Carbo Ceramics has been delisted from the New York Stock Exchange (NYSE) because its share price is too low. It was trading at 30 cents (market cap $9 million) at the time of the delisting. Going forward, it will be traded over the counter.
The company has its head office in west Houston and makes proppants, primarily for fracking. It started out making ceramic proppants and went public in 1996. At its peak in 2011, the company had a market capitalization of almost $4 billion. Ceramic proppants are considerably more expensive than natural sand. Although the company tried to protect itself by supplying natural sand as well, it has been hit hard by the downtown.
In November, the company disclosed that its largest customer planned to discontinue purchases of frac sand under its existing contract. (Its two biggest customers in 2018 were Halliburton and Keane Group). The company has significant fixed costs associated worth this contract such as rail car leases and a distribution facility. The company estimated that it will incur $8 million to $10 million in cash costs to exit these leases and other supply contracts, associated with the contract. As a result, the company issued a going concern warning.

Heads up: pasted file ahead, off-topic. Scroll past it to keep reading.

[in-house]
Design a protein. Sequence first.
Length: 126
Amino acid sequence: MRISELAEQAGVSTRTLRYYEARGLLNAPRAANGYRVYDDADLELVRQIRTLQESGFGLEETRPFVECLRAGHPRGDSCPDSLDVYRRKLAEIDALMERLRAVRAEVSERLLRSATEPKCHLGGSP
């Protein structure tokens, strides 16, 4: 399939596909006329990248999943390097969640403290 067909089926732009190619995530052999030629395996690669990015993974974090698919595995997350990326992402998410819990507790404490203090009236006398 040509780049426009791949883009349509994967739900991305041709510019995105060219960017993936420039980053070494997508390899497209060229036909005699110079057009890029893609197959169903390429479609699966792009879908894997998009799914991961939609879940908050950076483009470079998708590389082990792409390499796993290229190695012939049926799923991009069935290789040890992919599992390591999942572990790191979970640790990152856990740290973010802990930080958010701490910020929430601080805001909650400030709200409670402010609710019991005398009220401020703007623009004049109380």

The company has not made positive annual EBITDA since 2014. At the end of September, the company had cash balances of $40 million. Against that, it has a fully-utilized $65 million credit facility with the Wilks Brothers (who sold their pressure pumping business in 2011 for $3.5 billion) that matures in December 2022. It also has leases with a present value of $58 million.
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